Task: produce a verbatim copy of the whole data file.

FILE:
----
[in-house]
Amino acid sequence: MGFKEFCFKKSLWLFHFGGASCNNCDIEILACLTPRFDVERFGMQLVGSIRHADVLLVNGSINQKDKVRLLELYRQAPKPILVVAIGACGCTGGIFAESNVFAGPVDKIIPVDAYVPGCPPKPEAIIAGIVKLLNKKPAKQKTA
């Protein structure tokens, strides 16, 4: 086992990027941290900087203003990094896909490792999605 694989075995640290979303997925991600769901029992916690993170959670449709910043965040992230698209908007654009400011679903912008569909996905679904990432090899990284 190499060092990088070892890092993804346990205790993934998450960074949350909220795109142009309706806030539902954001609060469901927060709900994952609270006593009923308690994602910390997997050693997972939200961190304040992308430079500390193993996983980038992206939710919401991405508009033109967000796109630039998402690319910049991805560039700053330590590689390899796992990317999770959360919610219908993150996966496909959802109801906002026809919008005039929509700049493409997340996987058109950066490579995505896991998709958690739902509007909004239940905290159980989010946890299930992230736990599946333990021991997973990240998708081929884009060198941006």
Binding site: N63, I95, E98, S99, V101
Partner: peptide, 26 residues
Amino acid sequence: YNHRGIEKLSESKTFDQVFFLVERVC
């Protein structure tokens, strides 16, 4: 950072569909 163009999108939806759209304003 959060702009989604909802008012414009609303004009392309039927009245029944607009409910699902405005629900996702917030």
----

[in-house]
Amino acid sequence: MGFKEFCFKKSLWLFHFGGASCNNCDIEILACLTPRFDVERFGMQLVGSIRHADVLLVNGSINQKDKVRLLELYRQAPKPILVVAIGACGCTGGIFAESNVFAGPVDKIIPVDAYVPGCPPKPEAIIAGIVKLLNKKPAKQKTA
């Protein structure tokens, strides 16, 4: 086992990027941290900087203003990094896909490792999605 694989075995640290979303997925991600769901029992916690993170959670449709910043965040992230698209908007654009400011679903912008569909996905679904990432090899990284 190499060092990088070892890092993804346990205790993934998450960074949350909220795109142009309706806030539902954001609060469901927060709900994952609270006593009923308690994602910390997997050693997972939200961190304040992308430079500390193993996983980038992206939710919401991405508009033109967000796109630039998402690319910049991805560039700053330590590689390899796992990317999770959360919610219908993150996966496909959802109801906002026809919008005039929509700049493409997340996987058109950066490579995505896991998709958690739902509007909004239940905290159980989010946890299930992230736990599946333990021991997973990240998708081929884009060198941006």
Binding site: N63, I95, E98, S99, V101
Partner: peptide, 26 residues
Amino acid sequence: YNHRGIEKLSESKTFDQVFFLVERVC
């Protein structure tokens, strides 16, 4: 950072569909 163009999108939806759209304003 959060702009989604909802008012414009609303004009392309039927009245029944607009409910699902405005629900996702917030």